Katherine Hayton Publication: 7/2/2014
eBook; 214 pages
Rena Sutherland wakes from a coma to discover her daughter's been missing for days. No one's noticed, no one's complained, no one's searching. The victim support officer assigned to her case, Christine Emmett puts aside her own problems as she tries to guide Rena through the maelstrom of her daughter's disappearance. A task made harder by an ex-husband desperate for control; a paedophile on early-release in the community; and a psychic who knows more than seems possible. And flowing beneath everything is a crime - perpetrated across generations - pulling them into its wake.
Found, Near Water by Katherine Hayton is a highly recommended, well-paced mystery/crime novel set in New Zealand.
As a former psychiatrist, Christine Emmett should be the best victim support counselor around, but as the leader and member of a support group for women who have lost daughters, she is dealing with past trauma of her own that is still playing havoc with her life. When DSS Erik Smith of the Christchurch Police Department contacts her to talk to Rena Sutherland as her victim support officer, he really wants her to decipher the truth. Rena has woken up in the hospital after a car accident and wants to know where her daughter, Chloe, is. The trouble is that no one saw her daughter and the police aren't even sure they really believe she has a daughter. Once Christine determines that Rena is telling the truth, there is a mad scramble to look for her daughter. It's been days since the accident and so the trail is cold.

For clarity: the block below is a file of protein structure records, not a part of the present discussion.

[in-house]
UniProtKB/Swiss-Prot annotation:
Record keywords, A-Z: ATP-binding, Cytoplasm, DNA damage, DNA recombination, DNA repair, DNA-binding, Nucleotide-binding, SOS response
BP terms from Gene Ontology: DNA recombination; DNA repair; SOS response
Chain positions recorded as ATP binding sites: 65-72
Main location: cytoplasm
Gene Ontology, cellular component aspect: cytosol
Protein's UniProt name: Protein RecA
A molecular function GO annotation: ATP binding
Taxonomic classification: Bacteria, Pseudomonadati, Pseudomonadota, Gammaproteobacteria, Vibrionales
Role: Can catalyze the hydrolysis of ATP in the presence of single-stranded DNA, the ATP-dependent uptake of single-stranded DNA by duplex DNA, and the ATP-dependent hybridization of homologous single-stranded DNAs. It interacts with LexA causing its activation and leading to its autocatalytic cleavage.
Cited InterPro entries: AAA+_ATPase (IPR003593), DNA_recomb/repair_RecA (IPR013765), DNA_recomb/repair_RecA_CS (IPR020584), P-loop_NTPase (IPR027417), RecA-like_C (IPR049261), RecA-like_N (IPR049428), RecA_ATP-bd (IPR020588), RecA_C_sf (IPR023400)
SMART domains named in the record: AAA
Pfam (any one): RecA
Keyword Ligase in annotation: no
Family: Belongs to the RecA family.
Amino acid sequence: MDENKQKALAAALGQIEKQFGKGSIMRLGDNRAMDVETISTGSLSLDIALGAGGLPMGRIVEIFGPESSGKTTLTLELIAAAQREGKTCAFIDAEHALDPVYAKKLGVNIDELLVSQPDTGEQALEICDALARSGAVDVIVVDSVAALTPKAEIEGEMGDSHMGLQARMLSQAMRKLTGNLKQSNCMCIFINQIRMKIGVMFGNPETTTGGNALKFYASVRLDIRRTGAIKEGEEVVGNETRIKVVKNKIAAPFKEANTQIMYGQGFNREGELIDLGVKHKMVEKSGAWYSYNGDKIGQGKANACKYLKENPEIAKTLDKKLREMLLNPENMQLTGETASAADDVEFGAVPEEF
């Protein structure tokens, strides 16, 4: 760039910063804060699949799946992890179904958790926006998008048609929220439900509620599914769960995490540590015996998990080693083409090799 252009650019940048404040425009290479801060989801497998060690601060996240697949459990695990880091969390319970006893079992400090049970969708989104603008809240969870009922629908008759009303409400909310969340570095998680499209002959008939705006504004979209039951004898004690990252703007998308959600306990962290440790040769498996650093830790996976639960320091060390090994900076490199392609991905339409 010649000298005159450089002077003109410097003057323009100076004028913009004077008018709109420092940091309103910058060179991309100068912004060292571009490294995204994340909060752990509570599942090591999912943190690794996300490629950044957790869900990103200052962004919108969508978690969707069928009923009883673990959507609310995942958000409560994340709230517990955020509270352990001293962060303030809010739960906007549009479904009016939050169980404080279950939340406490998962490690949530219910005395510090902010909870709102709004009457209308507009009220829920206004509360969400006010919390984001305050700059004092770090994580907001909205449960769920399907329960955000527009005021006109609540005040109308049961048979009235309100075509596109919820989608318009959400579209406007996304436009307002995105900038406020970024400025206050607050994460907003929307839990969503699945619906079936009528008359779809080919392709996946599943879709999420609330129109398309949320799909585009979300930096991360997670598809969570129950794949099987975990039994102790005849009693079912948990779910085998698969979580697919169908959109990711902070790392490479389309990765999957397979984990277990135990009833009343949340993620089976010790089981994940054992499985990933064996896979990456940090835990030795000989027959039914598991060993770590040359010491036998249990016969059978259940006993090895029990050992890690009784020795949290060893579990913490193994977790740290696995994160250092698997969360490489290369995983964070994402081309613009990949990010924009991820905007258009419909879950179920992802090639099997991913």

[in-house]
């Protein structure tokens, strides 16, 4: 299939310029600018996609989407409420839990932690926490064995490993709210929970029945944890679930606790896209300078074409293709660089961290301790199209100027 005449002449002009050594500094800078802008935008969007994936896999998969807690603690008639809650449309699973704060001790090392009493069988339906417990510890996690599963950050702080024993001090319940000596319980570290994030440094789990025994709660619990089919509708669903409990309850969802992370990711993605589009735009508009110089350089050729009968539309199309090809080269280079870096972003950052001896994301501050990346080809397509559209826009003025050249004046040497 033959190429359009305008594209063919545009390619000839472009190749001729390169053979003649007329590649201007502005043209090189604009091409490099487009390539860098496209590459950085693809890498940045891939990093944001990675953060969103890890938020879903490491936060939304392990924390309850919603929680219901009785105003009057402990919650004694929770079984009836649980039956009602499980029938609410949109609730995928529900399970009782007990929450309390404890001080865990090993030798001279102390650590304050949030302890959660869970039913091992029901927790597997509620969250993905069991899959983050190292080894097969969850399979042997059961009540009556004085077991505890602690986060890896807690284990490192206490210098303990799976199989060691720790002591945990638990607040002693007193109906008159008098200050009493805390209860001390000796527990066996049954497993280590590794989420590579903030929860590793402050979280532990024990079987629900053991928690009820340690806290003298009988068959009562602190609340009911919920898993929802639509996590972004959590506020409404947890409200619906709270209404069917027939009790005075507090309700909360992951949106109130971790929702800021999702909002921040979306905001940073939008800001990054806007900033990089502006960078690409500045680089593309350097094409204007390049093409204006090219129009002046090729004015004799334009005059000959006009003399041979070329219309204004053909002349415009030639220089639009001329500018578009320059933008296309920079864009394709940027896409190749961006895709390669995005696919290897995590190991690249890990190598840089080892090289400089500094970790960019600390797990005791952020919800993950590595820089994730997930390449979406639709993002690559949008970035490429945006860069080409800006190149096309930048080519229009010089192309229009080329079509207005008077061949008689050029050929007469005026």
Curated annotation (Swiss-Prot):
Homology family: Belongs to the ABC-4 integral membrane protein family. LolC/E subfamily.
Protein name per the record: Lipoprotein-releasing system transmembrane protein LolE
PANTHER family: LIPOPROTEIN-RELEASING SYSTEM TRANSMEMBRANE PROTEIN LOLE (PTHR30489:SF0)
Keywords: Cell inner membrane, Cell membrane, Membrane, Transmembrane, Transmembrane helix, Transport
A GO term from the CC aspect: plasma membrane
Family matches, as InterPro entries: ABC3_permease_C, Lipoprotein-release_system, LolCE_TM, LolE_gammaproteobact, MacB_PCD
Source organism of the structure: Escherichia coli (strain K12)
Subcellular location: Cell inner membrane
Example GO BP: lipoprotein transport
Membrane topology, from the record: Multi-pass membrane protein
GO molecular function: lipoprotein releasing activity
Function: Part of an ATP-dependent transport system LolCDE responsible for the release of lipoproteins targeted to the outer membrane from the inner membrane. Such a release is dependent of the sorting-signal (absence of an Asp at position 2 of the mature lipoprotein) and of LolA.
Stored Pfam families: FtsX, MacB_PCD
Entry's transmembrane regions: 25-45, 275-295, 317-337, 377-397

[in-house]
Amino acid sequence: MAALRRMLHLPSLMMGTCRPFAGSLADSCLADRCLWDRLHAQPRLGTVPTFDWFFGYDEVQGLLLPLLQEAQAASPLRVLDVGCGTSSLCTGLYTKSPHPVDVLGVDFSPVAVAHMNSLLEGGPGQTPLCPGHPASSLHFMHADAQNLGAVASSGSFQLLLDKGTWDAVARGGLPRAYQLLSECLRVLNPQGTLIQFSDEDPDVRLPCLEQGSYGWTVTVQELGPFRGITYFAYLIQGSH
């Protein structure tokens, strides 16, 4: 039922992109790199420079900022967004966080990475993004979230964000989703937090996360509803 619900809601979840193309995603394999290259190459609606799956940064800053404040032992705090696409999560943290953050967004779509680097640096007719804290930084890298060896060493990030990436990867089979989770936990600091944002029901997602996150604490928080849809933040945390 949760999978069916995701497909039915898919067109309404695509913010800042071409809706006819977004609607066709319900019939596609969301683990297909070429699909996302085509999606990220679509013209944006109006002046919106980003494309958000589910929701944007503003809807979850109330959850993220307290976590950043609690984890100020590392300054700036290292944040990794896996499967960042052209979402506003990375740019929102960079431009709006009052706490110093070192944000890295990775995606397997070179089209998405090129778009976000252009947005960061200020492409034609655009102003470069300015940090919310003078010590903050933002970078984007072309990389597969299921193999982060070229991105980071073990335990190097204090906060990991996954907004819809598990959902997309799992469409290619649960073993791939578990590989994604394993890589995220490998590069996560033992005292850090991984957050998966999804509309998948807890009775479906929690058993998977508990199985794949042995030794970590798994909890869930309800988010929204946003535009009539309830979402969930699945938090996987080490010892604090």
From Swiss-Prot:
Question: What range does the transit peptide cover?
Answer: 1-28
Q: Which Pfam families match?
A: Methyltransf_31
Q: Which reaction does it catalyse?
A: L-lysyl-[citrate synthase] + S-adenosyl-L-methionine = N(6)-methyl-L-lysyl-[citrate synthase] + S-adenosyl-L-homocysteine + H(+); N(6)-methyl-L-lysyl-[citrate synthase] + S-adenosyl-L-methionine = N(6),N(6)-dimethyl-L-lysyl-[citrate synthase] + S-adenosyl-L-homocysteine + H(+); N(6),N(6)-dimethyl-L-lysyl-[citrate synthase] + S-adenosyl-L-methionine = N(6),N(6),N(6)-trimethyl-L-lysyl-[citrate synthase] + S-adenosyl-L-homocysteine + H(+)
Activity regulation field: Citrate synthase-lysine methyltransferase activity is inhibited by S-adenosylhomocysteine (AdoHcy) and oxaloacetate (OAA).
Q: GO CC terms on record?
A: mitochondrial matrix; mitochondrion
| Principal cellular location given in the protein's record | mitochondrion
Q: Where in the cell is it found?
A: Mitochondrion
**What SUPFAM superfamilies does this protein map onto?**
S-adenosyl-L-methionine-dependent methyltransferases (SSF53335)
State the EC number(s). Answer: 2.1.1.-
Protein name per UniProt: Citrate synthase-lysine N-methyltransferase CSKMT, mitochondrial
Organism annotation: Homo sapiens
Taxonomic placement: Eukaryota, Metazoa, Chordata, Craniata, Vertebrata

Interspersed between chapters are the stories of Terry, Ilene, Kendra, and Joanne, the 4 members of Christine's support group who have all endured the disappearance or death of their daughters. Adding to the tension is a known pedophile who has been released from prison, Rena's controlling ex-husband, and a psychic who claims to know where Chloe can be found.
Found, Near Water was a riveting read for me. I found all the characters well developed and believable. You never know exactly what trauma a personal tragedy can extract on an individual's emotional health. The individual stories are powerfully written and emotionally charged. It makes the search for Chloe even more urgent and also more difficult for Christine to watch since she is still suffering from her own tragedy. The ending was not predictable and actually a surprise for me, which is nice. As a bonus, I rather enjoyed the New Zealand setting.
My Kindle edition was courtesy of Katherine Hayton for review purposes.